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    MAG-13 Conducts Massive Large Force Exercise



    Story by 1st Lt. Zachary Bodner 

    3rd Marine Aircraft Wing

    Across the skies of Arizona and off the coast of Southern California, Marine Aircraft Group (MAG) 13, 3rd Marine Aircraft Wing (MAW) conducted a large force exercise on March 4, 2021. The exercise tested MAG-13’s ability to effectively find and destroy enemy surface to air threats to enable follow-on amphibious landings, defend naval assets against a peer threat, and refuel and rearm their aircraft at expeditionary airfields.

    “The exercise demonstrated the strategic mobility that the Short-Take off Vertical Landing (STOVL) F-35 “B” variant provides to Combatant Commander’s,” said Lt. Col. Luke "Espo" Esposito, MAG-13 operations officer. “That capability provides more flexible and adaptable 5th generation combat power in austere environments that exist around the globe.”

    In planning guidance released to the fleet, the Commandant of the Marine Corps highlighted that we are naval expeditionary force capable of deterring malign behavior and, when necessary, fighting inside our adversary’s sensors and weapons engagement zone to facilitate sea denial in support of fleet operations and joint force horizontal escalation. The full-day evolution underscored 3rd MAW’s continued effort to train against peer threats and to shift away from static, built up airfields towards expeditionary advanced basing operations (EABO). MAG-13’s SVOTL capabilities make them uniquely qualified to support distributed maritime operations.

    The exercise carefully combined capabilities from F-35B Joint Strike Fighter Lightning II’s from Marine Fighter Attack Squadron (VMFA) 122, VMFA-211, AV-8B Harriers from Marine Attack Squadron (VMA) 214, introductory MQ-9 training from Unmanned Aerial Vehicle Squadron (VMU) 1, and expeditionary support from Marine Wing Support Squadron (MWSS) 371. Also participating in the exercise were F-35Bs and Cs from Marine Operational Test and Evaluation Squadron (VMX) 1 and the Navy Test and Evaluation Squadron (VX-9), F-5N Tiger IIs from Marine Fighter Training Squadron (VMFT) 401, and F-22 Raptors from US Air Force 90th Fighter Squadron. Marine Aerial Refueler Transport Squadron (VMGR) 352 and contracted tanker has provided aerial refueling to extend the jet’s reach.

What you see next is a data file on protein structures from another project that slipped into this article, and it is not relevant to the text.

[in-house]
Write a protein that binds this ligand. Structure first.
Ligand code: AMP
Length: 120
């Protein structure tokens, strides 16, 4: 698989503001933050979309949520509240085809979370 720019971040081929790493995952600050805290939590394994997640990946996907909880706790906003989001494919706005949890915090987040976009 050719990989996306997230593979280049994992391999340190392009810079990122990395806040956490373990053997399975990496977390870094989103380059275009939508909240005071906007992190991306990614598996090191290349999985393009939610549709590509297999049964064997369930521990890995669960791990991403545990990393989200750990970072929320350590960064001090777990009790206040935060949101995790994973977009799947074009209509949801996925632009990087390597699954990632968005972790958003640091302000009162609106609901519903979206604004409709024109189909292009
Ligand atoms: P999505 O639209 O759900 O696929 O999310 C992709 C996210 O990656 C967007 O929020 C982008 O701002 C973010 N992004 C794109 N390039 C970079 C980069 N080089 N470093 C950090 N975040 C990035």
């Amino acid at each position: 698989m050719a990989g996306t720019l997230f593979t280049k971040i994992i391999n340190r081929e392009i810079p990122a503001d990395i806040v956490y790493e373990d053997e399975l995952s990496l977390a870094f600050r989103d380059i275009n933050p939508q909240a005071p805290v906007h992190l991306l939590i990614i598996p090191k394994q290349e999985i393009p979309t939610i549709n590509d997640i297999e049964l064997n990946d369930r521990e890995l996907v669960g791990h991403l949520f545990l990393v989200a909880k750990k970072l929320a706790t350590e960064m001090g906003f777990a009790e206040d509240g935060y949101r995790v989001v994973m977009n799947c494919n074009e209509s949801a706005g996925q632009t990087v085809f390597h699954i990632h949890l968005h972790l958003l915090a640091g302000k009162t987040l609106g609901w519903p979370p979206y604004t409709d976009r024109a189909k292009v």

EABO is a Navy-Marine Corps concept approved by the Chief of Naval Operations and Commandant of the Marine Corps in mid-March 2019. The EABO concept calls for employing mobile, low signature, operationally relevant, and relatively easy to maintain and sustain expeditionary forces from a series of austere, temporary locations ashore or inshore within a contested or potentially contested maritime area in order to conduct sea denial or support sea control.

    When asked how MAG-13 Marines and machines can support the EABO concept, Esposito responded “If airfields have been degraded by enemy long-range fires, and carriers cannot venture into certain enemy weapon engagement zones, the STOVL characteristics of the F-35B allow for it to recover to and launch from surfaces that conventional fighters would not have access to. This includes bombed out runways, roads, or other paved areas like parking lots. The ability of this asset to get into and out of FARPs that are rapidly stood up, executed, and then disassembled again, will be vital to combat power projection in possible future conflicts in the region.”

    The unique STOVL capabilities of MAG-13’s F-35Bs allowed them to utilize Marine Corps Air Station Yuma’s auxiliary airfield to simulate FARP operations. Additionally, they co-located a Combat Operations Center (COC) to manage the fight and provide command and control.
    While operating a FARP is already complex, MAG-13 challenged their Marines by building a scenario that required setting their aircraft on a five minute alert launch status. When intelligence estimates injected into the scenario indicated enemy aircraft man-up and launch preparations, the aircraft were then sequenced into the fight to ensure that the defense of friendly assets was accomplished. By inviting F-22 Raptors from a visiting USAF squadron and utilizing other 5th generation aircraft as enemy forces, they were able to increase the complexity of the mission and train to a peer-level threat.

    3rd MAW continues to "Fix, Fly, and Fight" as the Marine Corps' largest aircraft wing and remains combat-ready, deployable on short notice, and lethal when called into action.



    Date Taken: 04.07.2021
    Date Posted: 04.08.2021 11:11
    Story ID: 393327
    Location: MCAS YUMA, AZ, US

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